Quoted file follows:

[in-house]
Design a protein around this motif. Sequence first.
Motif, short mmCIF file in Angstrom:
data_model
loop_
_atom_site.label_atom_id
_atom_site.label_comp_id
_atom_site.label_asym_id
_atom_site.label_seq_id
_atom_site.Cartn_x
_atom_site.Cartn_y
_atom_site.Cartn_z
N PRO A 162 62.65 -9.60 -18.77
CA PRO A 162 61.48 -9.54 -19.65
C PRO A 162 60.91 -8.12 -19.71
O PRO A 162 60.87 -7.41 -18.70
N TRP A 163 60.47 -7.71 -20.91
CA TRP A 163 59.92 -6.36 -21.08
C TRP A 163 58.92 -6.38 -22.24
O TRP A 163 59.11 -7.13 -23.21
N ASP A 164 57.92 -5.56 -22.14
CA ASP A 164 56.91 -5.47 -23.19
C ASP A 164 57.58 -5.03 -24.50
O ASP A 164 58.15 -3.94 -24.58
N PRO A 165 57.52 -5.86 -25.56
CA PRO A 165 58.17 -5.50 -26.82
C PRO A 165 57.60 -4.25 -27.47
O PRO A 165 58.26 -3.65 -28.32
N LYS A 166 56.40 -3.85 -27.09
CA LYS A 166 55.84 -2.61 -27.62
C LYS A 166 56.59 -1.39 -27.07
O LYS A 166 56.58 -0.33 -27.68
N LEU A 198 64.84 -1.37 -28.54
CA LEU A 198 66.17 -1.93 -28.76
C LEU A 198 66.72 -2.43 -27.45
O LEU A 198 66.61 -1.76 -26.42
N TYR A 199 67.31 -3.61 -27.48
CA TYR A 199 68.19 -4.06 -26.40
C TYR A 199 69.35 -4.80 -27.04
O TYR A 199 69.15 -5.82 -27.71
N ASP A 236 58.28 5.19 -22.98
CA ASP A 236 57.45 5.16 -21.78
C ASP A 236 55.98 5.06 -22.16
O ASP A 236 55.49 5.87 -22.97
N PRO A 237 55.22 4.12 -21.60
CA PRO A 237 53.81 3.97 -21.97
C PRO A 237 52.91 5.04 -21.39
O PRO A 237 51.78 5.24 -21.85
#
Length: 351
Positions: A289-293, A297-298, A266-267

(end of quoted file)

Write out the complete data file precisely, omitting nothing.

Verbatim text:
[in-house]
Design a protein around this motif. Sequence first.
Motif, short mmCIF file in Angstrom:
data_model
loop_
_atom_site.label_atom_id
_atom_site.label_comp_id
_atom_site.label_asym_id
_atom_site.label_seq_id
_atom_site.Cartn_x
_atom_site.Cartn_y
_atom_site.Cartn_z
N PRO A 162 62.65 -9.60 -18.77
CA PRO A 162 61.48 -9.54 -19.65
C PRO A 162 60.91 -8.12 -19.71
O PRO A 162 60.87 -7.41 -18.70
N TRP A 163 60.47 -7.71 -20.91
CA TRP A 163 59.92 -6.36 -21.08
C TRP A 163 58.92 -6.38 -22.24
O TRP A 163 59.11 -7.13 -23.21
N ASP A 164 57.92 -5.56 -22.14
CA ASP A 164 56.91 -5.47 -23.19
C ASP A 164 57.58 -5.03 -24.50
O ASP A 164 58.15 -3.94 -24.58
N PRO A 165 57.52 -5.86 -25.56
CA PRO A 165 58.17 -5.50 -26.82
C PRO A 165 57.60 -4.25 -27.47
O PRO A 165 58.26 -3.65 -28.32
N LYS A 166 56.40 -3.85 -27.09
CA LYS A 166 55.84 -2.61 -27.62
C LYS A 166 56.59 -1.39 -27.07
O LYS A 166 56.58 -0.33 -27.68
N LEU A 198 64.84 -1.37 -28.54
CA LEU A 198 66.17 -1.93 -28.76
C LEU A 198 66.72 -2.43 -27.45
O LEU A 198 66.61 -1.76 -26.42
N TYR A 199 67.31 -3.61 -27.48
CA TYR A 199 68.19 -4.06 -26.40
C TYR A 199 69.35 -4.80 -27.04
O TYR A 199 69.15 -5.82 -27.71
N ASP A 236 58.28 5.19 -22.98
CA ASP A 236 57.45 5.16 -21.78
C ASP A 236 55.98 5.06 -22.16
O ASP A 236 55.49 5.87 -22.97
N PRO A 237 55.22 4.12 -21.60
CA PRO A 237 53.81 3.97 -21.97
C PRO A 237 52.91 5.04 -21.39
O PRO A 237 51.78 5.24 -21.85
#
Length: 351
Positions: A289-293, A297-298, A266-267